There were a few instances where the screen would go black for longer than I expected, however. And using Alexa to bounce back into YouTube TV sometimes required grabbing the remote and restarting the stream.

Speed and picture quality

One of the most noticeable differences between the 4K Max and the 4K stick is speed: Amazon claims that the former is “40 times more powerful” than the latter “with faster app starts and more fluid navigation.” The 4K Max stick is adept at switching between apps, such as Netflix to Hulu, Apple TV+ to Disney+; it was practically seamless when I used voice control with Alexa. The Amazon voice assistant also worked fast when I asked it to play a show on Netflix or a movie on Prime Video.

Speed and picture quality
Speed and picture quality

The 4K Max stick’s streaming quality provides crisp, stellar definition within seconds of loading a new show. With episodes or movies that start with production credits, I barely noticed any blurry pixels or dull colors while it was rendering. The streamer automatically adjusts to support Dolby Vision and Atmos content where available, so you’re getting the best picture and sound quality possible, too. I streamed Chef’s Table and Hawkeye, and both were crystal clear. It was especially enjoyable to watch a show like Chef’s Table, which features both shots lit by natural, soft lighting and close-ups that show the rich, vibrant colors of the fresh ingredients in the kitchen.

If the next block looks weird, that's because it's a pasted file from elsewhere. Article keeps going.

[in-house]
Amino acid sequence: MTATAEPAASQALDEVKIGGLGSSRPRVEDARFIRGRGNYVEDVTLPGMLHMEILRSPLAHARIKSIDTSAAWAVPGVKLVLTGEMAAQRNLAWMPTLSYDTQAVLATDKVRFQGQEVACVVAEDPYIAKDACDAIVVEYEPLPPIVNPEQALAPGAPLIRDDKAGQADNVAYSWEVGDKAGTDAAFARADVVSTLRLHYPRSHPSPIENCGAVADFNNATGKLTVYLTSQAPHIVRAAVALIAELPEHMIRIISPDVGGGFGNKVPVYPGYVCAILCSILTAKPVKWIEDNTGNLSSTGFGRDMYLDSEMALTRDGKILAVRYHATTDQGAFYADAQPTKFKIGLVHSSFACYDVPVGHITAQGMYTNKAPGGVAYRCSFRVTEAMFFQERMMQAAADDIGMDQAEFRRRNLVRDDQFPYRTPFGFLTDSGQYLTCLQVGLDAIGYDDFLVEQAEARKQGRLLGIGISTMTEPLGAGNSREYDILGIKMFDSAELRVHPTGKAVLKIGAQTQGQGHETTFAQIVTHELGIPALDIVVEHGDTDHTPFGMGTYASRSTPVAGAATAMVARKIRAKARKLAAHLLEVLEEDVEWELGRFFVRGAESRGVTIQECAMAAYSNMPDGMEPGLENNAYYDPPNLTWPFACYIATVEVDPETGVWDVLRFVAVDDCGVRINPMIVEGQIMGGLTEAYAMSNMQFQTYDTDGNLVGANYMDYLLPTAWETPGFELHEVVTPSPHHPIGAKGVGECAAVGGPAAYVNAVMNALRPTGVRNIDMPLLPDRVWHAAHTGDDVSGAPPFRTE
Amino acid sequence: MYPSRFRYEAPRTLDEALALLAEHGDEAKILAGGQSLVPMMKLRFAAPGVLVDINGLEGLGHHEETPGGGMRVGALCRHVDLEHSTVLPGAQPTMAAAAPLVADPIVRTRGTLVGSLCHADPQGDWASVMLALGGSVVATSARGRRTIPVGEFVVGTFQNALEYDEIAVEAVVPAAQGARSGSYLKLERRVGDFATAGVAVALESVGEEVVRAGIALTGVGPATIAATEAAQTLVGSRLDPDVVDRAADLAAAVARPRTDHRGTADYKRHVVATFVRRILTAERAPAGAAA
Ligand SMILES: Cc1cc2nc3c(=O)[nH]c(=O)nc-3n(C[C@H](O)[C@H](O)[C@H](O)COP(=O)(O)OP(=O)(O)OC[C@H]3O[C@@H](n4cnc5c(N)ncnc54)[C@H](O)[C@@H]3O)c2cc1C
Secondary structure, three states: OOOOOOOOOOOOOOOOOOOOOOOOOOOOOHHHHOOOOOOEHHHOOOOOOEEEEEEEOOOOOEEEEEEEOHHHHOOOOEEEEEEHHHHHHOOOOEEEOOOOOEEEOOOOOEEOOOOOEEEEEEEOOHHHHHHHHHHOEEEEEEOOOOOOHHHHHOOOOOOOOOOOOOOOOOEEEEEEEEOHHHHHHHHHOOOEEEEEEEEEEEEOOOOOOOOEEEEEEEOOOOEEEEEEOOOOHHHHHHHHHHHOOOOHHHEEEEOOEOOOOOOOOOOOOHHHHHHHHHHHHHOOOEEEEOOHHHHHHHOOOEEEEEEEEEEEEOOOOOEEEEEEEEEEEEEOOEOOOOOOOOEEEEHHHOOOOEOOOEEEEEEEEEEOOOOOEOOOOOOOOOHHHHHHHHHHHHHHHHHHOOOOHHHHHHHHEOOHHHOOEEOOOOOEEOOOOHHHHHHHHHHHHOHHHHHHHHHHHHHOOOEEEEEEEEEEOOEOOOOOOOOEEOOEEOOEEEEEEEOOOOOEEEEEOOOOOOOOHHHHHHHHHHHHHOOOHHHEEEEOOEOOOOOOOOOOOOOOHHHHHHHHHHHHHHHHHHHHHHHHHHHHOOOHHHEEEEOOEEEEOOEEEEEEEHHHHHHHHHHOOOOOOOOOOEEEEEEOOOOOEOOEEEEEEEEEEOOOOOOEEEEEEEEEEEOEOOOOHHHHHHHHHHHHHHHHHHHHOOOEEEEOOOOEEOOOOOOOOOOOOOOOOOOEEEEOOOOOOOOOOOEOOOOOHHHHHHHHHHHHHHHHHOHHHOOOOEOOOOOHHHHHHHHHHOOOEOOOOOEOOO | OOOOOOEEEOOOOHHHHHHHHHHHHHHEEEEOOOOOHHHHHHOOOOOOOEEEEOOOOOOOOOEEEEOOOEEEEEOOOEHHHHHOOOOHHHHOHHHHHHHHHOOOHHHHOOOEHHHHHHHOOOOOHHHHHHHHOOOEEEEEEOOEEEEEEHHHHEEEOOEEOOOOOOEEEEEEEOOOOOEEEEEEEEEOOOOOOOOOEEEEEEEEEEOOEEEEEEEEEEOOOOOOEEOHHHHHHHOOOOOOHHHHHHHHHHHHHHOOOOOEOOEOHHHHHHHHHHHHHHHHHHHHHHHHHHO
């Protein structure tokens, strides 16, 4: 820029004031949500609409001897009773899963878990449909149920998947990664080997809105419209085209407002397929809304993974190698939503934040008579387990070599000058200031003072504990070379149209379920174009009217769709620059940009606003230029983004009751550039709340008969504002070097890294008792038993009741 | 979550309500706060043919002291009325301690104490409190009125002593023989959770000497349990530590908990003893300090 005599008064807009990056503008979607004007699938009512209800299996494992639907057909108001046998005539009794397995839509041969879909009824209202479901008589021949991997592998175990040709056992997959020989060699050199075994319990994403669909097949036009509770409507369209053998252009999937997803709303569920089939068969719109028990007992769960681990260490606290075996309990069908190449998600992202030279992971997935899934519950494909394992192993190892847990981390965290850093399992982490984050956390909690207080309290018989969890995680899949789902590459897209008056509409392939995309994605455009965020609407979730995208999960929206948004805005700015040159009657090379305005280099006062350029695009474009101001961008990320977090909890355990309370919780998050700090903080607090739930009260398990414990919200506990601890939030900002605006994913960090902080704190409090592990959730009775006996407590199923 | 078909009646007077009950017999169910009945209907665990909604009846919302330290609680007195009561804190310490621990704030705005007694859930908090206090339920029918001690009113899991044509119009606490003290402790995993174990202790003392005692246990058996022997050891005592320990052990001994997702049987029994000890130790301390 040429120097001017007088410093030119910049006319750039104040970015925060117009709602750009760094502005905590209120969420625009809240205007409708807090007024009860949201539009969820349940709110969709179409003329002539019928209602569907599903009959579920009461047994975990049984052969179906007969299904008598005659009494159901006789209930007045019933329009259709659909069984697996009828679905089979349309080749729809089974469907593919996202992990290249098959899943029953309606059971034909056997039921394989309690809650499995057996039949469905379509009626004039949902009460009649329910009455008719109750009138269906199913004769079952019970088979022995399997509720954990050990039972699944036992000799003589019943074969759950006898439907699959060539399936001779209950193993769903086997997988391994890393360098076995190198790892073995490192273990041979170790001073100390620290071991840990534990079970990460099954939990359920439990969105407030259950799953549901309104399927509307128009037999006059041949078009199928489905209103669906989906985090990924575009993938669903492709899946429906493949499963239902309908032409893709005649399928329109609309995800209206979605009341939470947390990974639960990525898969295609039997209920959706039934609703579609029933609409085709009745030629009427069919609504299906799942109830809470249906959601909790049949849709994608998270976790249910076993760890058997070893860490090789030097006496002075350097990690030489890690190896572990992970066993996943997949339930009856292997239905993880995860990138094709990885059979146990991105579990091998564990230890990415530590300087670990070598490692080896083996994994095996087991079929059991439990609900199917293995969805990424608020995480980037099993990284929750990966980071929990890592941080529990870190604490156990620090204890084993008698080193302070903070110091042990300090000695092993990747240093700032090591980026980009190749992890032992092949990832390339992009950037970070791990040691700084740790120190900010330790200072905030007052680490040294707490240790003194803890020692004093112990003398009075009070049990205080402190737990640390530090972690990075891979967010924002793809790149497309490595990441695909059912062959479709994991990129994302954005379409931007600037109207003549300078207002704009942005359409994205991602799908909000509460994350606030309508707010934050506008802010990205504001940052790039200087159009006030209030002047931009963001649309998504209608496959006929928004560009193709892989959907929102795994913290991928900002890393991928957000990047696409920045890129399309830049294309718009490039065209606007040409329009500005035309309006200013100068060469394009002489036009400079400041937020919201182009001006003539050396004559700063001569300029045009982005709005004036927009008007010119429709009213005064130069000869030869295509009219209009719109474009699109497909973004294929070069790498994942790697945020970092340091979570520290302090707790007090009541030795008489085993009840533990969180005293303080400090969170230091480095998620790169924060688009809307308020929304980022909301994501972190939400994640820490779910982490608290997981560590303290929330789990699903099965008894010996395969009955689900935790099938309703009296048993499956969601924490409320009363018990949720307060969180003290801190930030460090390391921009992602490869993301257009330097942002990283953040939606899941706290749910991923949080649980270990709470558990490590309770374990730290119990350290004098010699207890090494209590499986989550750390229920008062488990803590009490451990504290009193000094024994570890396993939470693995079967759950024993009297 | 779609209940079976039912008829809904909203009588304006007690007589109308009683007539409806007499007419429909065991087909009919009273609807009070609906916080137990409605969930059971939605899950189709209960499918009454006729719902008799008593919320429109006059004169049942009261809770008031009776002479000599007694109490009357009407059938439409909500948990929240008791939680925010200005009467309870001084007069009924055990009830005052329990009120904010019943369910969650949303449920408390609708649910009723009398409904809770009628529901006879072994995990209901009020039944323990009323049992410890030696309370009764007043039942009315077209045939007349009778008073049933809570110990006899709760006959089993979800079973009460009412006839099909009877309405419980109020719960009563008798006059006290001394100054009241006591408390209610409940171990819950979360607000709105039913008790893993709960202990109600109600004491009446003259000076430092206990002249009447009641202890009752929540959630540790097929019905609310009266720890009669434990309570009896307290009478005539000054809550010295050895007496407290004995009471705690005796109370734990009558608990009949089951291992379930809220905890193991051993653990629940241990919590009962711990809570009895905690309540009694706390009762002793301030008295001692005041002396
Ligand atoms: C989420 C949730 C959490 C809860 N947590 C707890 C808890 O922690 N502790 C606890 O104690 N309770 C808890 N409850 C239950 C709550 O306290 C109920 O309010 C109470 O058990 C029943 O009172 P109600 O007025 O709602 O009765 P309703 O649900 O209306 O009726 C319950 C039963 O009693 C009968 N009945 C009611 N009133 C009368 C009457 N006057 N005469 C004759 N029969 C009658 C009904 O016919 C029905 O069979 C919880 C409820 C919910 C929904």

Voice control

Another enticing feature to the Fire TV stick family is its ability to connect to Alexa and use voice control, and by most measures, that performance carries over to the 4K Max. It’s fast and quickly caught on to my demands without a long loading period. I asked Alexa to play Ted Lasso, and it automatically pulled up the Apple TV+ app right to the show’s page. Yet if you want Alexa to play something that isn’t available on streaming services and requires you to rent or buy it, it’ll automatically take you to Prime Video’s shopping page instead of a platform where you potentially have rented or purchased a movie or TV show. (For example, I had already rented Spider-Man: Far From Home from the Apple iTunes store separately and, therefore, the movie was available on Apple TV+ for me.)

Voice control
Voice control

Alexa also fell short in answering my questions when playing movies and shows. Although the Amazon Prime Video X-Ray feature that shows you cast and crew information, trivia, and scene secrets is a fun bonus for viewers, it’s less accurate when you ask Alexa about them. When I first set up my Fire TV stick, the device prompted me to ask, “Who’s that actor” while I was watching Spider-Man: Far From Home. Instead of telling me Tom Holland, Alexa pulled up a nonsensical answer I’d expect to get if I searched “Who’s that actor?” on Google with no context. Even when I tested it further and asked, “Alexa, who’s the director of this movie?” while streaming When Harry Met Sally on Prime Video, Alexa told me instead that “according to Wikipedia, Us is directed by Jordan Peele” — completely misinterpreting the question.

Maximum 4K HDR format, Wi-Fi support

The Max works with just about every major audio and video format out there. TV shows and movies available in 4K and/or Dolby Vision played back with no issues on my TCL 6-Series TV. Since that TV lacks HDR10+ support, and my Sonos Beam soundbar similarly does not include Dolby Atmos, I was unable to test either of those features. As we’ve written in the past, while it’s nice that Amazon supports all of these formats we don’t consider Dolby Vision or HDR10+ a must-have, in part because it’s not a major image quality upgrade over standard HDR.

Maximum 4K HDR format, Wi-Fi support